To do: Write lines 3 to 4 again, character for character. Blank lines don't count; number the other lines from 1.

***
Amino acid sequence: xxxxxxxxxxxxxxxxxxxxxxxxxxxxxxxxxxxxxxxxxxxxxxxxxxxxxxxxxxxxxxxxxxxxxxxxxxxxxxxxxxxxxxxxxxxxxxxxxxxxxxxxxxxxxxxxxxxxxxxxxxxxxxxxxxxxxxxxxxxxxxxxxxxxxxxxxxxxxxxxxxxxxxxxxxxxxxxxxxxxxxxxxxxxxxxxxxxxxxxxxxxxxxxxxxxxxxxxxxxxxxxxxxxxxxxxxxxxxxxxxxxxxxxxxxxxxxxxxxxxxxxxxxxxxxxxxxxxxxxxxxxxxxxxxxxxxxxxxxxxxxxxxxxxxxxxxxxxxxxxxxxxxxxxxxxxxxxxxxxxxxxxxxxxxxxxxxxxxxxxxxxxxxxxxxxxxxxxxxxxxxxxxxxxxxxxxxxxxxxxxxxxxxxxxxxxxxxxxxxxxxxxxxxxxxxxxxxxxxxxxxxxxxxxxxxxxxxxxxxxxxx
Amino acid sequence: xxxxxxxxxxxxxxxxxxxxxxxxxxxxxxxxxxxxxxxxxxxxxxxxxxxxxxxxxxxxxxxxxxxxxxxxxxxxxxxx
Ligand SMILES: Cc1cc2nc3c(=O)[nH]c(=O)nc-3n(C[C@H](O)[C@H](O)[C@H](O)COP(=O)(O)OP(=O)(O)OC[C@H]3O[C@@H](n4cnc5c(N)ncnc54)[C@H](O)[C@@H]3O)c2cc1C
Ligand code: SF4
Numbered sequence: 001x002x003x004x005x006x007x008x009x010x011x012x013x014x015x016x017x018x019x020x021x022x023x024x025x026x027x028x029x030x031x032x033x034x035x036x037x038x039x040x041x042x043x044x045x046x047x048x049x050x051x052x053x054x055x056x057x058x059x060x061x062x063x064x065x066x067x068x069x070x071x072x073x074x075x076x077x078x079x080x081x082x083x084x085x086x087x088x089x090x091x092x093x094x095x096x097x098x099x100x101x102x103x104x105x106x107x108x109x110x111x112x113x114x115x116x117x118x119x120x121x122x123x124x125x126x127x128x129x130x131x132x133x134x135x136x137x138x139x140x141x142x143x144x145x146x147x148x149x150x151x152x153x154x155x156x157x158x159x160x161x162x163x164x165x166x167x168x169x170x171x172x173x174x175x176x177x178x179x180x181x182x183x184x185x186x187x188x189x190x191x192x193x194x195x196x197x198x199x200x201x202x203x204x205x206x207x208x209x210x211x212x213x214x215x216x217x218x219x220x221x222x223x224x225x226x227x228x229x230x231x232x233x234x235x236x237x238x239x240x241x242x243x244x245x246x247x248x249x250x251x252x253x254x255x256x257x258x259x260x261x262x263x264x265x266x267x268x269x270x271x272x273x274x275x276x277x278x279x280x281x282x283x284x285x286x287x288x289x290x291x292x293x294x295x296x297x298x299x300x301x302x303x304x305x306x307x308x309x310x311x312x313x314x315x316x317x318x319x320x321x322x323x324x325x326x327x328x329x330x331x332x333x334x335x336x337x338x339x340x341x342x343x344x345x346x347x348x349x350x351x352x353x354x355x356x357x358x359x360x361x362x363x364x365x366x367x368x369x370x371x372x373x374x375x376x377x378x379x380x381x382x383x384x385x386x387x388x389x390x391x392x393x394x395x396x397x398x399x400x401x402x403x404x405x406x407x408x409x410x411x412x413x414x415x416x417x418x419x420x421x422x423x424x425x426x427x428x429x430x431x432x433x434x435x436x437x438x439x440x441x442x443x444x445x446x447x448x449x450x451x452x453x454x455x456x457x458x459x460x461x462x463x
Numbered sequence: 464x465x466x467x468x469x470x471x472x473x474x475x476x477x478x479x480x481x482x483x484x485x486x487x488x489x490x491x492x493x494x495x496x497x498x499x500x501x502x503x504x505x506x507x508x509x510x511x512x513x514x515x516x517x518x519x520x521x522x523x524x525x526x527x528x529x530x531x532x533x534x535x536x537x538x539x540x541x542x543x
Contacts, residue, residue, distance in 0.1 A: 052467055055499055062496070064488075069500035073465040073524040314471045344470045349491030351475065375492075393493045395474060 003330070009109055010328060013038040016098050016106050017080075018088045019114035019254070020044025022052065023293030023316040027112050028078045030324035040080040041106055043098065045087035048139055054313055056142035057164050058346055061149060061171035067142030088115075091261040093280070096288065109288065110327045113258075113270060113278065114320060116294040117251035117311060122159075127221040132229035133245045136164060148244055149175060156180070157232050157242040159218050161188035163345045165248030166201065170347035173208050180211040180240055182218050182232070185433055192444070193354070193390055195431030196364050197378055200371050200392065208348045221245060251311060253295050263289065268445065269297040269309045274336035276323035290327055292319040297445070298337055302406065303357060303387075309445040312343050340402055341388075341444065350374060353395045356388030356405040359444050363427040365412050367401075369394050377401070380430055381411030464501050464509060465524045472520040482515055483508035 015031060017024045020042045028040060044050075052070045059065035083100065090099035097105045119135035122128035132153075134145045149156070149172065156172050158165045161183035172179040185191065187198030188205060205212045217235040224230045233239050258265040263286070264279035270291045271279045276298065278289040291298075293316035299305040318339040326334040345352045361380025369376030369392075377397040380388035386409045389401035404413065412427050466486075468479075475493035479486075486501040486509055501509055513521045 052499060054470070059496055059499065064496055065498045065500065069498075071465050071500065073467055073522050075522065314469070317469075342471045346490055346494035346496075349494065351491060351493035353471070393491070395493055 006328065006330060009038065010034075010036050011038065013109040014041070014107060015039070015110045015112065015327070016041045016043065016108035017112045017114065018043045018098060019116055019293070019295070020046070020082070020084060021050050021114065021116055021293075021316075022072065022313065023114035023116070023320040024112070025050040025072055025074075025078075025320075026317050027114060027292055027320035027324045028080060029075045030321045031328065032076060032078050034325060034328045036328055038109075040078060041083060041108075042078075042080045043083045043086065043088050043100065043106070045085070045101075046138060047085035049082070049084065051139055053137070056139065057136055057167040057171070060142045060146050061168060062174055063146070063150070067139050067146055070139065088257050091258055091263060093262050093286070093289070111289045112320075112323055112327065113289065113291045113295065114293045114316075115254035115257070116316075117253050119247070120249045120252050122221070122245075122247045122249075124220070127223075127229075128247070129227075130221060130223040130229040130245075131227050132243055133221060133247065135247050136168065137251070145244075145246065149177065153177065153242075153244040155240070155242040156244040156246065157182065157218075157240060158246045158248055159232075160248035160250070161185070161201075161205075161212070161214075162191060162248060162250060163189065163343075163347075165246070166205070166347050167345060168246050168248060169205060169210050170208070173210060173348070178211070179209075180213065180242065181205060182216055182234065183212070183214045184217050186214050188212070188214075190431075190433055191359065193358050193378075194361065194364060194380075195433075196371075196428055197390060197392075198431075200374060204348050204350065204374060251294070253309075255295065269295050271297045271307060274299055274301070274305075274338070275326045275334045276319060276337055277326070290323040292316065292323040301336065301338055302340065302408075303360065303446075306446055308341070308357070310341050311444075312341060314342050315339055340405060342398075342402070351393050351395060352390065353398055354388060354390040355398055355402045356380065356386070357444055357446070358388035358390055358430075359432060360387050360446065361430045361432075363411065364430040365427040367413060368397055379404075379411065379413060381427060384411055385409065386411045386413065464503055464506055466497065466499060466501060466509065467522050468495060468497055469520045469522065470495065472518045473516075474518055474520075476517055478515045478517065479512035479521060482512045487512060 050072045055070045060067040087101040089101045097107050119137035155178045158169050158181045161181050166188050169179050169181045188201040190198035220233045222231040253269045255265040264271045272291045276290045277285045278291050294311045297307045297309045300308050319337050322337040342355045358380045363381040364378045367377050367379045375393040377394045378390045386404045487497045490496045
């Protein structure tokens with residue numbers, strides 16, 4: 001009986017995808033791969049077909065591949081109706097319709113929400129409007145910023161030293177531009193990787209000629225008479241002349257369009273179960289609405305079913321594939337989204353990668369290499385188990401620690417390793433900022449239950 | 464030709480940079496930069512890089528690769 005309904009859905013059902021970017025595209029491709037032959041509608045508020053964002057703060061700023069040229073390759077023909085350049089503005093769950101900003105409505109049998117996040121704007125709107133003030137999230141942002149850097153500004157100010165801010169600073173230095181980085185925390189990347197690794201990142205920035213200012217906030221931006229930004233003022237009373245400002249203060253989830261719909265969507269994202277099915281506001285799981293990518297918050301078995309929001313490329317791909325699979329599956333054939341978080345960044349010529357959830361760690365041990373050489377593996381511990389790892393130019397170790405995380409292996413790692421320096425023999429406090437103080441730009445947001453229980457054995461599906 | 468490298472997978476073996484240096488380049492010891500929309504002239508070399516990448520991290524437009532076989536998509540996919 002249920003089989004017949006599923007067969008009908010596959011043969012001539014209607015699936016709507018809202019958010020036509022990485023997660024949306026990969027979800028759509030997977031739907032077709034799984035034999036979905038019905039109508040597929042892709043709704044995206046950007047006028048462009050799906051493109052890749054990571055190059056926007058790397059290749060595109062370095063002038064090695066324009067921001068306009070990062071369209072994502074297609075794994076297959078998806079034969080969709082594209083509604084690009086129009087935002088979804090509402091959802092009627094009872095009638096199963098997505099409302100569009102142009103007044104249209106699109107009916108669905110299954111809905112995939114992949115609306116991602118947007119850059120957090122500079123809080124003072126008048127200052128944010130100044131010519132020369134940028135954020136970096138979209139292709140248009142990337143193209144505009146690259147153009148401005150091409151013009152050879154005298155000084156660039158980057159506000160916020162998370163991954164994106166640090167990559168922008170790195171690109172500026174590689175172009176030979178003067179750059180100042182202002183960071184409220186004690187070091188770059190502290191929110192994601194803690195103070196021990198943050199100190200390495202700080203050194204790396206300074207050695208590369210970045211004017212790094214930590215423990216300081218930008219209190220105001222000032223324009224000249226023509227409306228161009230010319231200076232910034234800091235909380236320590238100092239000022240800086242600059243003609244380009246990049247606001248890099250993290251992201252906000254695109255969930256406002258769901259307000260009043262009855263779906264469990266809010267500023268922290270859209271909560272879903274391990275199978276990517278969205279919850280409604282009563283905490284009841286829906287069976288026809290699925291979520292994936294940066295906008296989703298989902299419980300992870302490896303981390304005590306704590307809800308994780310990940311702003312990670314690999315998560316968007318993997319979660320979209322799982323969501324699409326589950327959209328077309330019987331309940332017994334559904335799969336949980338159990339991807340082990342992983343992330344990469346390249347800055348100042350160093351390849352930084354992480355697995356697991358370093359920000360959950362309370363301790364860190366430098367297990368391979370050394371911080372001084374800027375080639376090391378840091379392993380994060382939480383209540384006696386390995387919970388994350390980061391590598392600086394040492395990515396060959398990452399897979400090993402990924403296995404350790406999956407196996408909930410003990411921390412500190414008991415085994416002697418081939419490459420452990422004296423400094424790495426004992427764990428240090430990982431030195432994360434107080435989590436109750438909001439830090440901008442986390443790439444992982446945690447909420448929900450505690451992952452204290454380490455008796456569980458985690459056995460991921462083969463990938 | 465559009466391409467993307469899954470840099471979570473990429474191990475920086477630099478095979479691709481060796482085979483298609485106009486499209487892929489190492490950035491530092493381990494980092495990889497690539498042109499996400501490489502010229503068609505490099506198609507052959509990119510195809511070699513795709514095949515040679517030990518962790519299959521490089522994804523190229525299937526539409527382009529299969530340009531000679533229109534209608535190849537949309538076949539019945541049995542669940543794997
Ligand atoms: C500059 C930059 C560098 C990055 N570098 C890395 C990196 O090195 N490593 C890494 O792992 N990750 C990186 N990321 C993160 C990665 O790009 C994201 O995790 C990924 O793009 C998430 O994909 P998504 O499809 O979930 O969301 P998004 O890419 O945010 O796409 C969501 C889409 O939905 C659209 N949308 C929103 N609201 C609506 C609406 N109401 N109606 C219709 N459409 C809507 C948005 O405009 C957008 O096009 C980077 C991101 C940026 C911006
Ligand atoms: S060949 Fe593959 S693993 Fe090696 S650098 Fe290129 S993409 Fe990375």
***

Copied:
Ligand SMILES: Cc1cc2nc3c(=O)[nH]c(=O)nc-3n(C[C@H](O)[C@H](O)[C@H](O)COP(=O)(O)OP(=O)(O)OC[C@H]3O[C@@H](n4cnc5c(N)ncnc54)[C@H](O)[C@@H]3O)c2cc1C
Ligand code: SF4